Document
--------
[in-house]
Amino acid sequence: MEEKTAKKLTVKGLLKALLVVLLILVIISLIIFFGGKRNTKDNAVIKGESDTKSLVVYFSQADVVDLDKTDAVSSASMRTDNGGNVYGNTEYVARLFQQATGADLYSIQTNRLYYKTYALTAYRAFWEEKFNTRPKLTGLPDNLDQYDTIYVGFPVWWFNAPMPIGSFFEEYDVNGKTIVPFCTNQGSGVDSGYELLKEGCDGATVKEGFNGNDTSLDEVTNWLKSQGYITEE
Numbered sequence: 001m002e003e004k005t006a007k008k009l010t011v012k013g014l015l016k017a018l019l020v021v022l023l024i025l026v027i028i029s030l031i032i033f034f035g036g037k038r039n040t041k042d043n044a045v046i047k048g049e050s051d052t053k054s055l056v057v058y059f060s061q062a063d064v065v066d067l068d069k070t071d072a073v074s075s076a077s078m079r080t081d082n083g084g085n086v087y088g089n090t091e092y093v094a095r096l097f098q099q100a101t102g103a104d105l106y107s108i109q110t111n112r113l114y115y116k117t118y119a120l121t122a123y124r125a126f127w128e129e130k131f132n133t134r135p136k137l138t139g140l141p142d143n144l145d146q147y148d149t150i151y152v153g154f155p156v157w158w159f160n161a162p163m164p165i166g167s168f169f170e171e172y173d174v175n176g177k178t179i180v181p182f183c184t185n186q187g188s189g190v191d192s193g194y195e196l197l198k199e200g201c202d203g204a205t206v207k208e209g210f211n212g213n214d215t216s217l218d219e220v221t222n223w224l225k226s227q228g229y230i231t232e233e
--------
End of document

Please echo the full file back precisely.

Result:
[in-house]
Amino acid sequence: MEEKTAKKLTVKGLLKALLVVLLILVIISLIIFFGGKRNTKDNAVIKGESDTKSLVVYFSQADVVDLDKTDAVSSASMRTDNGGNVYGNTEYVARLFQQATGADLYSIQTNRLYYKTYALTAYRAFWEEKFNTRPKLTGLPDNLDQYDTIYVGFPVWWFNAPMPIGSFFEEYDVNGKTIVPFCTNQGSGVDSGYELLKEGCDGATVKEGFNGNDTSLDEVTNWLKSQGYITEE
Numbered sequence: 001m002e003e004k005t006a007k008k009l010t011v012k013g014l015l016k017a018l019l020v021v022l023l024i025l026v027i028i029s030l031i032i033f034f035g036g037k038r039n040t041k042d043n044a045v046i047k048g049e050s051d052t053k054s055l056v057v058y059f060s061q062a063d064v065v066d067l068d069k070t071d072a073v074s075s076a077s078m079r080t081d082n083g084g085n086v087y088g089n090t091e092y093v094a095r096l097f098q099q100a101t102g103a104d105l106y107s108i109q110t111n112r113l114y115y116k117t118y119a120l121t122a123y124r125a126f127w128e129e130k131f132n133t134r135p136k137l138t139g140l141p142d143n144l145d146q147y148d149t150i151y152v153g154f155p156v157w158w159f160n161a162p163m164p165i166g167s168f169f170e171e172y173d174v175n176g177k178t179i180v181p182f183c184t185n186q187g188s189g190v191d192s193g194y195e196l197l198k199e200g201c202d203g204a205t206v207k208e209g210f211n212g213n214d215t216s217l218d219e220v221t222n223w224l225k226s227q228g229y230i231t232e233e